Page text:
As ever more communities adopted this equitable tradition, political power – which at the time was embedded in religious power – became more equally spread through society. Elites lost their control and, eventually, abandoned their temples.
America’s egalitarian mound-builders
The Hohokam tale unearths another vaunted American ideal that originates in indigenous history: equality. Long before it was codified in the Declaration of Independence,, equality was enacted through the building of large mounds.
Massive earthen structures like these are often acts of highly hierarchical societies – think of the pyramids of the ancient Egyptians, constructed by masses of laborers as the final resting place of powerful pharaohs, or those of the rigid, empire-building Aztecs.
But great power isn’t always top-down. Poverty Point, in the lower Mississippi River Valley of what’s now Louisiana, is a good example. This massive site, which consists of five mounds, six concentric semi-elliptical ridges and a central plaza, was built some 4,000 years ago by hunter-fisher-gatherers with little entrenched hierarchy.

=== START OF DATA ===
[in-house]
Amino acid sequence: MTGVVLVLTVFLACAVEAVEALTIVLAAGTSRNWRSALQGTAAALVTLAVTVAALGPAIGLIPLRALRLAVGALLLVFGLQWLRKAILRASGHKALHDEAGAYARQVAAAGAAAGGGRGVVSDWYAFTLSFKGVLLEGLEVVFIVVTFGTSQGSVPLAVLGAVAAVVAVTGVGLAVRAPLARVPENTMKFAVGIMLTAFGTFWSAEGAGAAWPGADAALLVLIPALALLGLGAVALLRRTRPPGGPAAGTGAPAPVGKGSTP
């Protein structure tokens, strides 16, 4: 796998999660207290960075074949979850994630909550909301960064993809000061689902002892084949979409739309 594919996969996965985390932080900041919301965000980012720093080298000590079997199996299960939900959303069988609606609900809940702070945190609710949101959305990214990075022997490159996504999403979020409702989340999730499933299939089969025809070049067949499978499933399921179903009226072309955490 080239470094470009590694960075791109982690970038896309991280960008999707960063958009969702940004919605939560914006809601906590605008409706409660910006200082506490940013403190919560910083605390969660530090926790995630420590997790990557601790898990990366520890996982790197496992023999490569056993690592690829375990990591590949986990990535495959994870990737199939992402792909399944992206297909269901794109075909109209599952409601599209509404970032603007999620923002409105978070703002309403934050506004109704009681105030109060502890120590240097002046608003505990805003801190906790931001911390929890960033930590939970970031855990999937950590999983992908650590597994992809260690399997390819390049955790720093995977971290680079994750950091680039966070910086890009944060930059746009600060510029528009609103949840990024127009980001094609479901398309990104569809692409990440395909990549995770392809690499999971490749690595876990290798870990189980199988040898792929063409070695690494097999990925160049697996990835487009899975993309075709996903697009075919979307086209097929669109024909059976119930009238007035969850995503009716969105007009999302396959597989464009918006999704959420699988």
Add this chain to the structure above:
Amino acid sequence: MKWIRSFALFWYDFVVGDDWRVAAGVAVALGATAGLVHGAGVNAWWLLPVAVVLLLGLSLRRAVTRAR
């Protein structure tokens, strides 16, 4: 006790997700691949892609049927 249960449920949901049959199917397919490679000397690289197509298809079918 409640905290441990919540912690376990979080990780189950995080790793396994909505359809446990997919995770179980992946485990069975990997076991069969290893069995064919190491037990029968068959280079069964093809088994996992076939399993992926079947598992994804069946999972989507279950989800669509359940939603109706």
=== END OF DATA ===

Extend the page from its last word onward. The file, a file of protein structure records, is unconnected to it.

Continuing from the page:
Originally, archaeologists believed that such societies without the inequality and authoritarianism that defined the ancient Egyptian, Roman, and Aztec empires could not have constructed something so significant – and, if so, only over decades or centuries.
But excavations in the last 20 years have revealed that large sections of Poverty Point were actually constructed in only a few months. These Native Americans organized in groups to undertake massive projects as a communal cooperative, leaving a built legacy of equality across America’s landscape.
The Haudenosaunee, or Iroquois, offer a more modern example of such consensus-based decision-making practices.
These peoples – who’ve lived on both sides of the St. Lawrence river in modern-day Ontario and the U.S. Great Lakes states for hundreds, if not thousands, of years – built their society on collective labor arrangements.
They ostracized people who exhibited “selfish” behavior, and women and men often worked together in large groups. Everyone lived together in communal longhouses. Power was also shifted constantly to prevent hierarchy from forming, and decisions were made by coalitions of kin groups and communities. Many of these participatory political practices continue to this day.
The Haudenosaunee sided with the British during the 1776 American Revolution and were largely driven off their land after the war. Like many native populations, the Haudenosaunee Dream turned into a nightmare of invasion, plague and genocide as European migrants pursued their American Dream that excluded others.
Native Americans at Standing Rock
The long indigenous history of rejecting authoritarianism continues today, including the 2016 battle for environmental justice at Standing Rock, South Dakota.